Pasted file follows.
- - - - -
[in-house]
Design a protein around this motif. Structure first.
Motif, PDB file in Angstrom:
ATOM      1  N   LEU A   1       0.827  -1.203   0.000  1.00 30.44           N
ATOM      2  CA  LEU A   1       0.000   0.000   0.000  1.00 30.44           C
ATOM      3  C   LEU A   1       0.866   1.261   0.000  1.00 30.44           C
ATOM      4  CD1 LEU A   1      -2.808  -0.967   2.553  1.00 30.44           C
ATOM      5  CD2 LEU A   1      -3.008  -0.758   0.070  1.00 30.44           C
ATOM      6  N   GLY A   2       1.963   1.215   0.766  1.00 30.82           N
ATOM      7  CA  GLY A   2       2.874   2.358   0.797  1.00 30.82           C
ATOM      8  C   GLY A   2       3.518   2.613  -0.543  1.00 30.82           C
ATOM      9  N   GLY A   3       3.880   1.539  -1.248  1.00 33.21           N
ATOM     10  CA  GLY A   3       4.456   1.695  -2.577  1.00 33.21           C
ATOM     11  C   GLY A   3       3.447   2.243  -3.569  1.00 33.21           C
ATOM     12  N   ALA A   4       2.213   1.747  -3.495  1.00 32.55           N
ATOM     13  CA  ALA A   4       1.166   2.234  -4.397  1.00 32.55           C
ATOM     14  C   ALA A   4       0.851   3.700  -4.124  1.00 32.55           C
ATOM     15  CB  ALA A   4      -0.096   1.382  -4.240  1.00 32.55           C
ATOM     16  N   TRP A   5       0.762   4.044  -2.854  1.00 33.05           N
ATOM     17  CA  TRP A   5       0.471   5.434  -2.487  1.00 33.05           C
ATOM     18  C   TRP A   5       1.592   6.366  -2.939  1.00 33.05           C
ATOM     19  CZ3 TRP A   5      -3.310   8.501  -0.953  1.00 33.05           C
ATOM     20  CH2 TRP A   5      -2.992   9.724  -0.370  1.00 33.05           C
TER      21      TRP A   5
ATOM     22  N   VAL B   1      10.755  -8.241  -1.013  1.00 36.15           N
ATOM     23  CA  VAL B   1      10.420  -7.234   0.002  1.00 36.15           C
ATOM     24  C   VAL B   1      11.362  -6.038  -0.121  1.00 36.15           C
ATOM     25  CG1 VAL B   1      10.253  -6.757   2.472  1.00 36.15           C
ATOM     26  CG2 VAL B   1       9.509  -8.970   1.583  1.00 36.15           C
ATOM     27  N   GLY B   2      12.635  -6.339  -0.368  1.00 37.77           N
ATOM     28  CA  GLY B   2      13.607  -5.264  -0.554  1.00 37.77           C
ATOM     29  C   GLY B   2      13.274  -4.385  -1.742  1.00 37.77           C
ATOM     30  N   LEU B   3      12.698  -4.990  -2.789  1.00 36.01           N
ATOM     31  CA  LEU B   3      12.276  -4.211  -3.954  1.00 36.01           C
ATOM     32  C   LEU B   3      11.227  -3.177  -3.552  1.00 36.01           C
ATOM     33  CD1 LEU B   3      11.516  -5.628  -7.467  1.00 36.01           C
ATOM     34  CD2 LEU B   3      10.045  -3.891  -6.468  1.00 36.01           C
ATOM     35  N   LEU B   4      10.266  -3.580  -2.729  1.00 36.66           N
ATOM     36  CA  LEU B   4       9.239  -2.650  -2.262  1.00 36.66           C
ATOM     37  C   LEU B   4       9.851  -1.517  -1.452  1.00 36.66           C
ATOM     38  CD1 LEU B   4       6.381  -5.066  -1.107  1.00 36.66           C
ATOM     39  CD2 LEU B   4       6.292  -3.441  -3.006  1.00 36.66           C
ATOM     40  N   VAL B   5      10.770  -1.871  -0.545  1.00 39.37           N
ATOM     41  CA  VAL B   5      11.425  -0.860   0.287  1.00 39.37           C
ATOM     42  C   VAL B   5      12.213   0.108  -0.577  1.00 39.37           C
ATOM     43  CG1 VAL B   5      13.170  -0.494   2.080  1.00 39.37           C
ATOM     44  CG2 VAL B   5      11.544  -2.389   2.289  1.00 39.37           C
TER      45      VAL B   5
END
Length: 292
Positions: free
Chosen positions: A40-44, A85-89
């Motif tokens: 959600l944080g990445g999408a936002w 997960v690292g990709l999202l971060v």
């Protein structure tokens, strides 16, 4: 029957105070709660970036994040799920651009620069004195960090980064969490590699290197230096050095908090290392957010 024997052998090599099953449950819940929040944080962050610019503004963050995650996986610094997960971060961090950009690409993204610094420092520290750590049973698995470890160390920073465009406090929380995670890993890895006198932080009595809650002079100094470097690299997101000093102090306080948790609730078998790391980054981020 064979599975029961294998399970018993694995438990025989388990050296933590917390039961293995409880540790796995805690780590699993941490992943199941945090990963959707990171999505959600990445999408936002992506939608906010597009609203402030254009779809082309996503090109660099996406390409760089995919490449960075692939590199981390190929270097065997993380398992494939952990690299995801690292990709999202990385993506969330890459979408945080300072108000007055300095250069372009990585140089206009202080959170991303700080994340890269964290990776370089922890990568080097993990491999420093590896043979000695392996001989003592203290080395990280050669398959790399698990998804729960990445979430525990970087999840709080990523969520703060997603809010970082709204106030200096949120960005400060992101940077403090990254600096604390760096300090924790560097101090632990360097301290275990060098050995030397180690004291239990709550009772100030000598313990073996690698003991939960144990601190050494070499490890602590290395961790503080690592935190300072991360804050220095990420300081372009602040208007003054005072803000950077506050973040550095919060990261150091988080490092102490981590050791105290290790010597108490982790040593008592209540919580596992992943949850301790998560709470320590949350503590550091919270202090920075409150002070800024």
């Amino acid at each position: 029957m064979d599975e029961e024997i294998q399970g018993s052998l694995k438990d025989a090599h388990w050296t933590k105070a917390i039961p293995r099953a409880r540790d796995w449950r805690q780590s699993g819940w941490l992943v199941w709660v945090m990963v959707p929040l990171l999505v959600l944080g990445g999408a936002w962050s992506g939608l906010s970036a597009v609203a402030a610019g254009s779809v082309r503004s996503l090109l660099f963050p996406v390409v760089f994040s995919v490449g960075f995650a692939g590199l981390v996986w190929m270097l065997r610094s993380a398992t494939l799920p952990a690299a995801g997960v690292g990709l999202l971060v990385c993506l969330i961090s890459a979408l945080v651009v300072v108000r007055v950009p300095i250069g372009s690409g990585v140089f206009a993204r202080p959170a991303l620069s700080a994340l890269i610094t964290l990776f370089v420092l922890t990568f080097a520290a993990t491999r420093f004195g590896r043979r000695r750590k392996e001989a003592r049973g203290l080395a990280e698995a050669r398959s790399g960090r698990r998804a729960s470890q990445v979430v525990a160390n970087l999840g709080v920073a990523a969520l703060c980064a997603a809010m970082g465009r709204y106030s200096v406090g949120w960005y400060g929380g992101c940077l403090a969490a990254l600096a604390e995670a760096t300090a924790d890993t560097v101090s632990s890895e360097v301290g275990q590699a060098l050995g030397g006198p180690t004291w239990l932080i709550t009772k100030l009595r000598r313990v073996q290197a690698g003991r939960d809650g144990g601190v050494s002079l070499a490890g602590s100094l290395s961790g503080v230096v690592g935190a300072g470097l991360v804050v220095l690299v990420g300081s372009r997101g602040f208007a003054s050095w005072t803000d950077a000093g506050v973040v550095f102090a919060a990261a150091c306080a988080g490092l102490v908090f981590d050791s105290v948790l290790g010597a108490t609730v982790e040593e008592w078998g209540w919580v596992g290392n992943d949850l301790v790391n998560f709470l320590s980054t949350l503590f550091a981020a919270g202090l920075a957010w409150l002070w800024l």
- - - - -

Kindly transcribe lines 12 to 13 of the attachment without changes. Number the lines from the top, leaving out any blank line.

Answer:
ATOM      9  N   GLY A   3       3.880   1.539  -1.248  1.00 33.21           N
ATOM     10  CA  GLY A   3       4.456   1.695  -2.577  1.00 33.21           C